Because there are so many ballet-minded girls in the world, it's a shame "Black Swan" is such a dark, R-rated film that they can't watch it until they're old enough to date--which, for most dads, means never. Then again, it's the darkness that sets this movie apart from others. That, and "dreadful excess," according to Christopher Long, who also wrote in his theatrical review that he thought it was high camp. Chris is among the 12 percent of Rotten Tomatoes critics who think the film is "rotten"; I'm one of the 88 percent who thinks it's "fresh." Call us the Black and White Swans of DVD Town. Chris is probably more cynical than I am, and I'm a bit sunnier--though I'm pretty sure neither of us is going to go out and get hammered and have a same-sex encounter any time soon, or mutilate ourselves in order to be top Swan at DVD Town.
But it's an interesting point Chris raises about the camp factor. Though the film was billed as a "psychological thriller," you can't help but wonder if there's a little deliberate tongue-in-cheek action when, in one scene, a plucky ballerina plucks a black feather out of her skin, as if she had been hanging out with Jeff Goldblum on the set of "The Fly" and got stuck in the matter re-arranger with a bird. You also have to wonder, when you get into the territory of psychological thrillers, if camp is a natural by-product of excess, and if excess is the only way to convey a disturbed psyche. I say this because Chris's comments echo what Horace Greeley wrote about Edgar Allan Poe's "The Tell-Tale Heart" way back in 1843, with Greeley calling that tale of a murdered man's heart that keeps on beating in the murderer's brain "a strong and skilful, but to our minds overstrained and repulsive analysis of the feelings and promptings of an insane homicide."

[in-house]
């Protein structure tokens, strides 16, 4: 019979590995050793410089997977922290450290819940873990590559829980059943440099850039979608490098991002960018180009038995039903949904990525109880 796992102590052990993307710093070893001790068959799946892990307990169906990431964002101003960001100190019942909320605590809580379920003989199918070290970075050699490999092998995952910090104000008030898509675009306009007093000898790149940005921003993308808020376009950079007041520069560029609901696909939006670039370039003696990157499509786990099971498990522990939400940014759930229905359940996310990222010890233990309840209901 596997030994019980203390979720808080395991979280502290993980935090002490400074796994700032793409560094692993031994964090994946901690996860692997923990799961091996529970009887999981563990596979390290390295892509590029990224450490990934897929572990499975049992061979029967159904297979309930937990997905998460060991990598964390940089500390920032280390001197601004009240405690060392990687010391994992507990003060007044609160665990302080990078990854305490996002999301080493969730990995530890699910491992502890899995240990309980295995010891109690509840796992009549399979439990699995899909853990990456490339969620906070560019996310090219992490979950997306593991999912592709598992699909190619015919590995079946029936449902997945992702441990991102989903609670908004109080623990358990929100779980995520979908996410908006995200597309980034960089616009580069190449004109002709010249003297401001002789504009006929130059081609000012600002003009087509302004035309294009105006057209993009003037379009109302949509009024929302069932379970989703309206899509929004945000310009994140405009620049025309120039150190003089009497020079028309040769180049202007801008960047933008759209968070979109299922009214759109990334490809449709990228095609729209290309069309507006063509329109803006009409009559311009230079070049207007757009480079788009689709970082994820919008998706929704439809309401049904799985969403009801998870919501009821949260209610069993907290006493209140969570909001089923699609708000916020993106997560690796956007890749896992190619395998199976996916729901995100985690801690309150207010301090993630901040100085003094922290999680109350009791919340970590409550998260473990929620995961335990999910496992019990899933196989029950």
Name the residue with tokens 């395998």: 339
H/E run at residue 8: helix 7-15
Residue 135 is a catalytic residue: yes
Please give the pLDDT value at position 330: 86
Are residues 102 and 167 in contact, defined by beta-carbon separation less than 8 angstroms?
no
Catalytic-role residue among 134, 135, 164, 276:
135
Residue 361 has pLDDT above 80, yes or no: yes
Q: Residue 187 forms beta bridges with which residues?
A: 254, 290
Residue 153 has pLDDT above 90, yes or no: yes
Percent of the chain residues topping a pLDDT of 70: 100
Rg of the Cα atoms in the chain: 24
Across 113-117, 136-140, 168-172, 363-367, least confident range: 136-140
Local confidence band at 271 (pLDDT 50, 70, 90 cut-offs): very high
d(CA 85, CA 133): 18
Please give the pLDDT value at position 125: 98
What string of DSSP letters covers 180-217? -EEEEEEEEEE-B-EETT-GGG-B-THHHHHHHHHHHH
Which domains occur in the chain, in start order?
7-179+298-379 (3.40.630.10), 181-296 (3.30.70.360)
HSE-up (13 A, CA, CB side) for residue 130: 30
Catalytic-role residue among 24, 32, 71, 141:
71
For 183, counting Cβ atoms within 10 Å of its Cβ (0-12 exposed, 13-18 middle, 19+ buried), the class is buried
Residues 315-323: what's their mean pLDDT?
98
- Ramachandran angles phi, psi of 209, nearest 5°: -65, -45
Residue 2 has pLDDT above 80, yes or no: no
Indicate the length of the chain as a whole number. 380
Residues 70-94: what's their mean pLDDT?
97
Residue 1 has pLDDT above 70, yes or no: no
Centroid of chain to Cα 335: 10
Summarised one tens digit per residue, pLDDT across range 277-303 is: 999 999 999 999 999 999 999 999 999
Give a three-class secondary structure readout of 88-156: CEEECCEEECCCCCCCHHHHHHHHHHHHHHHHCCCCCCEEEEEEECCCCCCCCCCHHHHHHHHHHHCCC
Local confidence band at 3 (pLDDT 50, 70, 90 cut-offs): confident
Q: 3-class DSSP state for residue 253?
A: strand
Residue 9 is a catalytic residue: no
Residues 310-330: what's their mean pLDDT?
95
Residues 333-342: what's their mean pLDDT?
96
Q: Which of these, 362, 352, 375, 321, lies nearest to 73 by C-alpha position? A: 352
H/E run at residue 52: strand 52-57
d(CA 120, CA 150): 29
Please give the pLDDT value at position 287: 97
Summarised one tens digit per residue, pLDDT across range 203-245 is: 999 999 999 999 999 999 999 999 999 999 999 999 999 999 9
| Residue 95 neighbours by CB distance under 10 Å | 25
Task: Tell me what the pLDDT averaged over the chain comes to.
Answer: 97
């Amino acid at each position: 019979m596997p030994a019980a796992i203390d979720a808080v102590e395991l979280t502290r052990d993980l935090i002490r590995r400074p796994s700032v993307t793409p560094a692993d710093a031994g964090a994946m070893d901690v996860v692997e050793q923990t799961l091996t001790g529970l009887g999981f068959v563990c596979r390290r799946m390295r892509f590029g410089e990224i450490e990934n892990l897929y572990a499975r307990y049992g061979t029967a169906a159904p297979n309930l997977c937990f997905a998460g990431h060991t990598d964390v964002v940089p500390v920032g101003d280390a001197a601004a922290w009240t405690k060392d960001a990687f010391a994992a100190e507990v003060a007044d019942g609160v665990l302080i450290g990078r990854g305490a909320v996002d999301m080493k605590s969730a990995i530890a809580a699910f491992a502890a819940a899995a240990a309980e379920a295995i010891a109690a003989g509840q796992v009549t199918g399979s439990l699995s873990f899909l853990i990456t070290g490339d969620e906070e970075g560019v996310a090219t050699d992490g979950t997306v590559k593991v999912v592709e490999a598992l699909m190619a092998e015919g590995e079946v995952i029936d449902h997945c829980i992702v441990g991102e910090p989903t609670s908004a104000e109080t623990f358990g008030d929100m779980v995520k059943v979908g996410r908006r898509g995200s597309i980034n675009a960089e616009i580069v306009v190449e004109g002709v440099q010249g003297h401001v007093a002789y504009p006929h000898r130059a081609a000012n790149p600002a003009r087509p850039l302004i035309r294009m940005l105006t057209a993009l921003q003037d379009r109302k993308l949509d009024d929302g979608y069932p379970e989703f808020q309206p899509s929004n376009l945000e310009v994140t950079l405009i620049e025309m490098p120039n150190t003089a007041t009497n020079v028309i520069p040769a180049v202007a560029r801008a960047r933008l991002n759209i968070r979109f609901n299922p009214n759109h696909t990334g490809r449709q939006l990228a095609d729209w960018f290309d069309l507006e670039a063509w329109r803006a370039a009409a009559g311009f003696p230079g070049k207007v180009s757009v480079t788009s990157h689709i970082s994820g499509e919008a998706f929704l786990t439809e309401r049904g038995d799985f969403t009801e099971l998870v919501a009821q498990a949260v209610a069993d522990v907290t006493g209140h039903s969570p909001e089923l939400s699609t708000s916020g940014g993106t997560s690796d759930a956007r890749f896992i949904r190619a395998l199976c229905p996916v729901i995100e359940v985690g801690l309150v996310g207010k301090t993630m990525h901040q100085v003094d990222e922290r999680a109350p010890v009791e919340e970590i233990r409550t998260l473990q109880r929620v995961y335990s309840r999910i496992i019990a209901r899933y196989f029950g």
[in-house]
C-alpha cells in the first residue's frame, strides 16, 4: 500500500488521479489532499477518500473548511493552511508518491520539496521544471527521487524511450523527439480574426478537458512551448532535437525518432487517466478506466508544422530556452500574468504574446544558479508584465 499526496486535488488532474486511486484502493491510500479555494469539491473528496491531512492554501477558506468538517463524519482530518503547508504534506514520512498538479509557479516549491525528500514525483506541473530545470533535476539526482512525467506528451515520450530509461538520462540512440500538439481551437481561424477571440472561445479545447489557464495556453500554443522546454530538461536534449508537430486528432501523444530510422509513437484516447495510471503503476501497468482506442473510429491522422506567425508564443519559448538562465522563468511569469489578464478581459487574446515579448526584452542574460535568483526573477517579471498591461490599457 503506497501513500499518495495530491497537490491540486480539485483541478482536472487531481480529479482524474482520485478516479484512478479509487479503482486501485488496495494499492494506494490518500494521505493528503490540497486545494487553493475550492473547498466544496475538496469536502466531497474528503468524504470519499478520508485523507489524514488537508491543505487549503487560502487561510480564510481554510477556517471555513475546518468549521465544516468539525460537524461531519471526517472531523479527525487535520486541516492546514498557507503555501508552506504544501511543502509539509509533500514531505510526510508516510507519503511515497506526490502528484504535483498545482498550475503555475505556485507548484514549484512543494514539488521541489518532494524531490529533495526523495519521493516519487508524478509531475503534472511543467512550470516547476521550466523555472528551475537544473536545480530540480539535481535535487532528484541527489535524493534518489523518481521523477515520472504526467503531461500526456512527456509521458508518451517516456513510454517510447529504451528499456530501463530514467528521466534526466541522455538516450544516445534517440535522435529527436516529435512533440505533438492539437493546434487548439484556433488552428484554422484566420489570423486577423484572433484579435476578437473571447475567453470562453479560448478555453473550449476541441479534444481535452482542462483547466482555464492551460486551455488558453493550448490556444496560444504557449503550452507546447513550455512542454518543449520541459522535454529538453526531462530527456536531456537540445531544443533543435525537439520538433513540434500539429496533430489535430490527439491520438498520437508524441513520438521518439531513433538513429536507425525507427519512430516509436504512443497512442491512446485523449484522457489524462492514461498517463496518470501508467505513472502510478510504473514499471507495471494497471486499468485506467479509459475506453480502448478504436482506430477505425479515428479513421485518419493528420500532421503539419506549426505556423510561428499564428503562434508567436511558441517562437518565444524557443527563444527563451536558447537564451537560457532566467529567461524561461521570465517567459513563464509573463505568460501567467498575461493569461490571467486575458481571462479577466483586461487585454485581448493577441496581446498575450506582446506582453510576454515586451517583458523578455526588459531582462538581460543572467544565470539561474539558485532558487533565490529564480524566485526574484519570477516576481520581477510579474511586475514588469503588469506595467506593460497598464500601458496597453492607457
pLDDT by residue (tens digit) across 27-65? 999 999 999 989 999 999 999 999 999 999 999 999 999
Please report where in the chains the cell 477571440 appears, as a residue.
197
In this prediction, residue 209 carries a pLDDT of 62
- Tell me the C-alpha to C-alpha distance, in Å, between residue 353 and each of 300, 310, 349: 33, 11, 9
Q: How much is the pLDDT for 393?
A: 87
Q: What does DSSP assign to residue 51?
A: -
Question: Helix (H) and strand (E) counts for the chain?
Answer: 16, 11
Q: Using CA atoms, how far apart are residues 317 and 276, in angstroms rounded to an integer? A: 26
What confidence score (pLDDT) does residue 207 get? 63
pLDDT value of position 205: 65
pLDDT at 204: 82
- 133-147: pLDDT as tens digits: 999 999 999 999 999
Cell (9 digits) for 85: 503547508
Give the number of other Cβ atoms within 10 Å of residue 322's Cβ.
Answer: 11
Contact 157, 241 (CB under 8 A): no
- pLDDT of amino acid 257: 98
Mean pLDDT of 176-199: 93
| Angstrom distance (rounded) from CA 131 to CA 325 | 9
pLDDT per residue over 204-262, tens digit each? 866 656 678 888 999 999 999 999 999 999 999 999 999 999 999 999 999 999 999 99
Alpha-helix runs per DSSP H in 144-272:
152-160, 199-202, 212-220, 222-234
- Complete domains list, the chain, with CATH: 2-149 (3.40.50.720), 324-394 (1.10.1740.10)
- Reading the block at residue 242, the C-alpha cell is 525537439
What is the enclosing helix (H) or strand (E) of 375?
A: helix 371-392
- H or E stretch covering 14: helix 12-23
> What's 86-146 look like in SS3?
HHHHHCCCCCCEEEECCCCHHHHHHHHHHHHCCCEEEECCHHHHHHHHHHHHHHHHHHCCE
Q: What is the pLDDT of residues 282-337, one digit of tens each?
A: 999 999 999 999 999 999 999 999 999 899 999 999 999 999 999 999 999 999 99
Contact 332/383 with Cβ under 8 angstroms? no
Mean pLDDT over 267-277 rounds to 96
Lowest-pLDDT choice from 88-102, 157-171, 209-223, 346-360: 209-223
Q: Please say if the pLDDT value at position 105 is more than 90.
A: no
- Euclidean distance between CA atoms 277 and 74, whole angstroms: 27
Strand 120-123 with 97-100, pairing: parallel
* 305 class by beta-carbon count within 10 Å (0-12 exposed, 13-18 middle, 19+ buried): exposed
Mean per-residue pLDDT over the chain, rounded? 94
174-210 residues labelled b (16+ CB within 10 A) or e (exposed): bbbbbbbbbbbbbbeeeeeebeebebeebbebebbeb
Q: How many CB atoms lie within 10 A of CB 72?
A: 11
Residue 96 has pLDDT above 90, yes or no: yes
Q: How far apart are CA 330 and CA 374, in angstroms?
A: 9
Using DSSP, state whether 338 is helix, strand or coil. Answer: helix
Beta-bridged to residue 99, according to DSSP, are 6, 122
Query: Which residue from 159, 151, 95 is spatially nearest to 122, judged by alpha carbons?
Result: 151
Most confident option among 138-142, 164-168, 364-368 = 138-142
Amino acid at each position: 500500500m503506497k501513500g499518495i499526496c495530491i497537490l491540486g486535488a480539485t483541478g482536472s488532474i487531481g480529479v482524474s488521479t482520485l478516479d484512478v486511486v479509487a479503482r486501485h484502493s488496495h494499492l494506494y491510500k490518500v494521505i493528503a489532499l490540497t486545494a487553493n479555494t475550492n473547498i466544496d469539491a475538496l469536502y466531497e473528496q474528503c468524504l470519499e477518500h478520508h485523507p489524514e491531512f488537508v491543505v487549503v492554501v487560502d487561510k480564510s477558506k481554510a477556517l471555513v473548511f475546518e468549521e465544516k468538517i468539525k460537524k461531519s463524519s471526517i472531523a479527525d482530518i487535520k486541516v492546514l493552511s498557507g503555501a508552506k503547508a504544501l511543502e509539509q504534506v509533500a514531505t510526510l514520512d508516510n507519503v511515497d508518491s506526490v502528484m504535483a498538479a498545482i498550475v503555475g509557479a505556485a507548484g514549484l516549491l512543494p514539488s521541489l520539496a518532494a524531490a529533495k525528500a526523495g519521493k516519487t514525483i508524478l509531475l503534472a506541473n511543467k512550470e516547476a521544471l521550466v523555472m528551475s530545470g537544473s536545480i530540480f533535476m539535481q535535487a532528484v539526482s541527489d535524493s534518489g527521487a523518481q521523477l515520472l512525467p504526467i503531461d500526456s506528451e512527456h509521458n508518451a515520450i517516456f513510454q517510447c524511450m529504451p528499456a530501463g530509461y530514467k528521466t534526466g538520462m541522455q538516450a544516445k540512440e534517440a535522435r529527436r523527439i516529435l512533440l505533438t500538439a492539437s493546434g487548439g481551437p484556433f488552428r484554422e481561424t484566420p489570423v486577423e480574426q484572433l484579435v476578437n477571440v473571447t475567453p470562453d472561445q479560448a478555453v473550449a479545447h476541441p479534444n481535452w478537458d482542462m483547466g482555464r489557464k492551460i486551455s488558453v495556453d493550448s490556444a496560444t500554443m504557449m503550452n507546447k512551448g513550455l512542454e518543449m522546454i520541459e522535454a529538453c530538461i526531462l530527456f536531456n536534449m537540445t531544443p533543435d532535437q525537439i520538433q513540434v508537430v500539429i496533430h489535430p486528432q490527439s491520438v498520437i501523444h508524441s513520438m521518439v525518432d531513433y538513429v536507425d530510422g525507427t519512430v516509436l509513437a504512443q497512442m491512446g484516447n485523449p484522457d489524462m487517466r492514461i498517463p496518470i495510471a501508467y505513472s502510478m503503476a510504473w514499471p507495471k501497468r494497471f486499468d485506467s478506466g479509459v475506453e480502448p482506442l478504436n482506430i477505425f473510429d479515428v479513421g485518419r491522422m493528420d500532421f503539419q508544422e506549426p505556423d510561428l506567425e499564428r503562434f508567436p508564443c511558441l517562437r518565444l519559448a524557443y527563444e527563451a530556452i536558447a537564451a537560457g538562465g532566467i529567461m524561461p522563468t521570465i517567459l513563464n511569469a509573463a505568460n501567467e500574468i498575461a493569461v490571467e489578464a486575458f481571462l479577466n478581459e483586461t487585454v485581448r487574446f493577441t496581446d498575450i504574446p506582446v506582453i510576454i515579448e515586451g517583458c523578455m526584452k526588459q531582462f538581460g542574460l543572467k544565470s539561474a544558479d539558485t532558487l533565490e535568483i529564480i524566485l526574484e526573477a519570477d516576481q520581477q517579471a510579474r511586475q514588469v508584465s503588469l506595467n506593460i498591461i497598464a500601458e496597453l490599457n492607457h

I think excess and camp are just part of the territory for a psychological thriller, and while "Black Swan" isn't the bookend to "The Wrestler" that Darren Aronofsky intended, it's still an accomplished film. Certainly, it proved to be the role of a lifetime for Natalie Portman, who earned an Best Actress Oscar for her performance as Nina Sayers, a soloist at a New York ballet company who, like all the rest, would do anything she could to get the lead role in every production. And as it turns out, the door opens wide when the company's director, Thomas Leroy (Vincent Cassel), puts prima ballerina Beth Macintyre (Winona Ryder) out to pasture and lets it be known that for this production he's looking for someone new, someone fresh. Cue the catfight--though in the world of ballet, it's all so proper on the surface and only catty underneath.
Mila Kunis is teasingly effective as Lily, the newcomer who competes with Nina (Portman) for the lead role in "Swan Lake." And when Nina is chosen and Lily wrangles the job of understudy, the free spirit makes it her mission to introduce the cloistered Nina to a fun time. Is she a saboteur or initiator? Either way, it's when things start to get interesting. Almost every scene in "Black Swan" introduces tension based on different characters wanting different things, with their motives blurred as much as the line between Nina's real and hallucinatory worlds. It's part of the film's texture.
"Black Swan" does a fine job of exploring not just the prima ballerina competition and the toll it takes on an individual, but also the psyche of a person who most probably has obsessive-compulsive disorder . . . and maybe more. Where did those marks come from? Is it a supernatural force, or just a supercritical one? In truth, it's not that hard to figure out, but like a "Columbo" investigation the fun isn't so much in the puzzle, but in the way it's all put together.